Mob attacks man accused of blasphemy in northern Pakistan

Protesters hold lamps to condemn the killing of Abdul Wali Khan university student Mashal Khan, after he was accused of blasphemy, during a protest in Peshawar, Pakistan, April 20, 2017. The banner reads, “We are all Mashal’s Brothers.” (REUTERS)
Updated 21 April 2017

Mob attacks man accused of blasphemy in northern Pakistan

CHITRAL, Pakistan: A mob attacked a man accused of blasphemy during Friday prayers in a northern Pakistani town and injured six police officers after they intervened to rescue him, police said.
It was the third blasphemy-related incident in Pakistan this month, after a student was beaten to death by a lynch mob and a faith healer was shot dead.
Security officials in Chitral fired tear gas and live rounds on the mob, injuring eight protesters, after they attacked the local police headquarters and demanded that alleged blasphemer Rashid Ahmed be made available for mob justice.
“We told them that Ahmed will be examined medically and if he was found mentally fit then he will be tried under the blasphemy law, but the mob was not satisfied,” said local police chief Akbar Ali Shah.
Shah said he had asked for army assistance to help control the crowds, but a Reuters correspondent at the scene said soldiers had yet to arrive.
Blasphemy is a highly sensitive topic in Muslim-majority Pakistan, where insulting the Prophet Muhammad is a capital crime for which dozens are sitting on death row. There have been at least 67 murders over unproven allegations since 1990, according to figures from a research center and independent records kept by Reuters.
’MESSIAH’ STATEMENT
Witnesses say that Ahmed entered the local mosque asking to make an important announcement, then declared himself a messiah and said that he would lead his followers to paradise.
An angry congregation then turned violent and attacked Ahmed, who Shah said appeared to be suffering from mental illness. He suffered a beating, but police said his injuries were not life-threatening.
Pakistan’s government has been vocal on the issue of blasphemy, with Prime Minister Nawaz Sharif issuing an order last month for the removal of blasphemous content online and saying anyone who posted it should face “strict punishment under the law.”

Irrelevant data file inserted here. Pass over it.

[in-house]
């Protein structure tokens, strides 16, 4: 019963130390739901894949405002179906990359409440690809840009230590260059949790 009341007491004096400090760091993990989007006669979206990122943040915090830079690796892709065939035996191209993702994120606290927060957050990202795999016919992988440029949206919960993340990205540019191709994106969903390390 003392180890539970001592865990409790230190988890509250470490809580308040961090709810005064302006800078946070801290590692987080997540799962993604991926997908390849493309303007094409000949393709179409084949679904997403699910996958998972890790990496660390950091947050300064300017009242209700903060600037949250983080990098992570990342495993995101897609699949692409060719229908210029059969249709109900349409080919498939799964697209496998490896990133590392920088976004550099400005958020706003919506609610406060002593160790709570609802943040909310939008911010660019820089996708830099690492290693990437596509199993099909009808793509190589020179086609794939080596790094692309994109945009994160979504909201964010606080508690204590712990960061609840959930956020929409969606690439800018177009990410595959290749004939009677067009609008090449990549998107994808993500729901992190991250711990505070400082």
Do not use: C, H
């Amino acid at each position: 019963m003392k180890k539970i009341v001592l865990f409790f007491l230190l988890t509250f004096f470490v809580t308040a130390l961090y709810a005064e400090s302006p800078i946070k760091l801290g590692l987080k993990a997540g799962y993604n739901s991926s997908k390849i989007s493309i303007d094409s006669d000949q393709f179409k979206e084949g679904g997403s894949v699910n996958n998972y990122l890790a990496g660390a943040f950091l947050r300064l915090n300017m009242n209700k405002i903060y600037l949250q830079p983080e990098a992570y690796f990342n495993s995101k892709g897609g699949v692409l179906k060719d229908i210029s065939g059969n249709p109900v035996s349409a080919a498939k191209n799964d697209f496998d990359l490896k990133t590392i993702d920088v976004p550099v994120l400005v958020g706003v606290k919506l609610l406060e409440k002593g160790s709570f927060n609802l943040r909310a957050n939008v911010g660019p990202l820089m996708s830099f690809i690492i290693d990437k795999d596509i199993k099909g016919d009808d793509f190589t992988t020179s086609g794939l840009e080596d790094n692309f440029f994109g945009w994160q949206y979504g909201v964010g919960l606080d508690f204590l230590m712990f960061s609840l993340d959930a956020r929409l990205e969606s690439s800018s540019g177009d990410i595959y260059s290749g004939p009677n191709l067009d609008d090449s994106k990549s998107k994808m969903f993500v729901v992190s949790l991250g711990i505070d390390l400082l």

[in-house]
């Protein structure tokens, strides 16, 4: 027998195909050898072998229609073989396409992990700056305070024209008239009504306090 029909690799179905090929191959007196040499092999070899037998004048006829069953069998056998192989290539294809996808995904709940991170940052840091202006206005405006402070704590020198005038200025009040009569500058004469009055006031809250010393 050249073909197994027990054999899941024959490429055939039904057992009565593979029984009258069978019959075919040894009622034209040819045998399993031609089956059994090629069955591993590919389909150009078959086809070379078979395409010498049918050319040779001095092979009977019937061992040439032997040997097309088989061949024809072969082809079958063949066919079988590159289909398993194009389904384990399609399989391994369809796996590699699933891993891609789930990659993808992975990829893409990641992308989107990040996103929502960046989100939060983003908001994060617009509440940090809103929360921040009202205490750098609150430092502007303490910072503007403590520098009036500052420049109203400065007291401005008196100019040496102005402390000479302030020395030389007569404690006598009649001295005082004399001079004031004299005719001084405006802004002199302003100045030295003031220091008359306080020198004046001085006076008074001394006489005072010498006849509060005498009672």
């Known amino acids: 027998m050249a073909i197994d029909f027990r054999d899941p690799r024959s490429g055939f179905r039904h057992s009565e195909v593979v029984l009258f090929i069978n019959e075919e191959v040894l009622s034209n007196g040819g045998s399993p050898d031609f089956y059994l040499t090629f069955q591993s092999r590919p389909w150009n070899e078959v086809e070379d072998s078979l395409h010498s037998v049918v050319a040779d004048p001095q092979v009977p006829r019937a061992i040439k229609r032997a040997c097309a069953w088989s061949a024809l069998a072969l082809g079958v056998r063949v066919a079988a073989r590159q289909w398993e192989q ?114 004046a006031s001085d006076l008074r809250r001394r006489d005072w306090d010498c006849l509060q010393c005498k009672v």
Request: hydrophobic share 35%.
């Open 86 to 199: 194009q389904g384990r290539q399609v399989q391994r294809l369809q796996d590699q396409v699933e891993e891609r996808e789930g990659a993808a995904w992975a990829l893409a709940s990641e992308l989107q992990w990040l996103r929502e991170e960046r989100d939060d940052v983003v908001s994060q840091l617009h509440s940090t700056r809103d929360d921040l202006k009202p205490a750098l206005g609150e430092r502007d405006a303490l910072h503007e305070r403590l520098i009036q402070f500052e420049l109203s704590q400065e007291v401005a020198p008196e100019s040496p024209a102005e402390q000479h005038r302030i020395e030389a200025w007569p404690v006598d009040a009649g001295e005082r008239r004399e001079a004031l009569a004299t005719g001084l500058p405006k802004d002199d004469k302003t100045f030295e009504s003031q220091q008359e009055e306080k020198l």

Police are investigating over 20 students and some faculty members in connection with the killing of Mashal Khan, the student who was beaten to death on April 13 in an attack that shocked the country.
Since then, parliament has discussed adding safeguards to the blasphemy laws, a move seen as groundbreaking in Pakistan where political leaders have been assassinated for even discussing changes.
In 2011, Punjab provincial governor Salman Taseer was assassinated by his bodyguard after calling for reforms. Taseer’s killer, executed last year, has been hailed by religious hard-liners as a martyr to Islam and a shrine has been erected at his grave.


Ethiopia’s leader urges calm as key referendum begins

Updated 25 min 53 sec ago

Ethiopia’s leader urges calm as key referendum begins

  • The Sidama population make up about four percent of the population of Ethiopia
  • Deadly clashes followed when the referendum was postponed in July

ADDIS ABABA: Ethiopia’s Nobel Peace Prize-winning prime minister urged calm on Wednesday as millions of citizens hold a referendum on whether to create a new regional state along ethnic lines.
The Sidama referendum “is an expression of the democratization path Ethiopia has set out on,” Prime Minister Abiy Ahmed said in a statement. The vote could inspire others to seek their own regional states.
Abiy’s sweeping political reforms since he took office last year have opened the way for some of the country’s more than 80 ethnic groups to push for more autonomy.
Sometimes deadly unrest has followed, and tensions could rise ahead of national elections in May. Observers say this poses Abiy’s greatest challenge.
The Sidama population make up about four percent of the population of Ethiopia, Africa’s second most populous country.
Deadly clashes followed when the referendum was postponed in July. No official toll was announced.
In a statement ahead of the vote, Amnesty International urged authorities to prevent any use of excessive force.
“The referendum comes at an especially tense time when violence based on ethnic differences is breaking out all over the country and people are being killed simply for expressing their opinions,” Amnesty’s deputy director for the region, Seif Magango, said.

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